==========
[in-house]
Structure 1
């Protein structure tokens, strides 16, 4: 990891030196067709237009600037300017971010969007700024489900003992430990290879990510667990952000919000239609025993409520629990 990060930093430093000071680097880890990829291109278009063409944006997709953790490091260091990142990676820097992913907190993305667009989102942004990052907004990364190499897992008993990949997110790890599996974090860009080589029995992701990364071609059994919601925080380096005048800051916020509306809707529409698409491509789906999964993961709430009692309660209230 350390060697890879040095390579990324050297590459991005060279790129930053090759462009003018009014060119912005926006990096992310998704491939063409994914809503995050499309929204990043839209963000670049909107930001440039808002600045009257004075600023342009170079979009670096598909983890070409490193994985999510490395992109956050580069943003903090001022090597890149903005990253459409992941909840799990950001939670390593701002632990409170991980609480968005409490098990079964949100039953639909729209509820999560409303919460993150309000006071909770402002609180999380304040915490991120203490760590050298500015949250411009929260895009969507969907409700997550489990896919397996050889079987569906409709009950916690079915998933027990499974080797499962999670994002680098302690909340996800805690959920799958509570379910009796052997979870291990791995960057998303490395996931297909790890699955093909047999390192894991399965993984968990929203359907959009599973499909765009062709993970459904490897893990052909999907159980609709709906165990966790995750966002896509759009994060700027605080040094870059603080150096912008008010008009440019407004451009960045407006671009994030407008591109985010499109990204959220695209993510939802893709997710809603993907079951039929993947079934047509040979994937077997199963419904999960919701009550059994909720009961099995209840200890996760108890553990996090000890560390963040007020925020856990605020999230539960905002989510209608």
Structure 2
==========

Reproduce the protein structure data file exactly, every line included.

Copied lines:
[in-house]
Structure 1
């Protein structure tokens, strides 16, 4: 990891030196067709237009600037300017971010969007700024489900003992430990290879990510667990952000919000239609025993409520629990 990060930093430093000071680097880890990829291109278009063409944006997709953790490091260091990142990676820097992913907190993305667009989102942004990052907004990364190499897992008993990949997110790890599996974090860009080589029995992701990364071609059994919601925080380096005048800051916020509306809707529409698409491509789906999964993961709430009692309660209230 350390060697890879040095390579990324050297590459991005060279790129930053090759462009003018009014060119912005926006990096992310998704491939063409994914809503995050499309929204990043839209963000670049909107930001440039808002600045009257004075600023342009170079979009670096598909983890070409490193994985999510490395992109956050580069943003903090001022090597890149903005990253459409992941909840799990950001939670390593701002632990409170991980609480968005409490098990079964949100039953639909729209509820999560409303919460993150309000006071909770402002609180999380304040915490991120203490760590050298500015949250411009929260895009969507969907409700997550489990896919397996050889079987569906409709009950916690079915998933027990499974080797499962999670994002680098302690909340996800805690959920799958509570379910009796052997979870291990791995960057998303490395996931297909790890699955093909047999390192894991399965993984968990929203359907959009599973499909765009062709993970459904490897893990052909999907159980609709709906165990966790995750966002896509759009994060700027605080040094870059603080150096912008008010008009440019407004451009960045407006671009994030407008591109985010499109990204959220695209993510939802893709997710809603993907079951039929993947079934047509040979994937077997199963419904999960919701009550059994909720009961099995209840200890996760108890553990996090000890560390963040007020925020856990605020999230539960905002989510209608």
Structure 2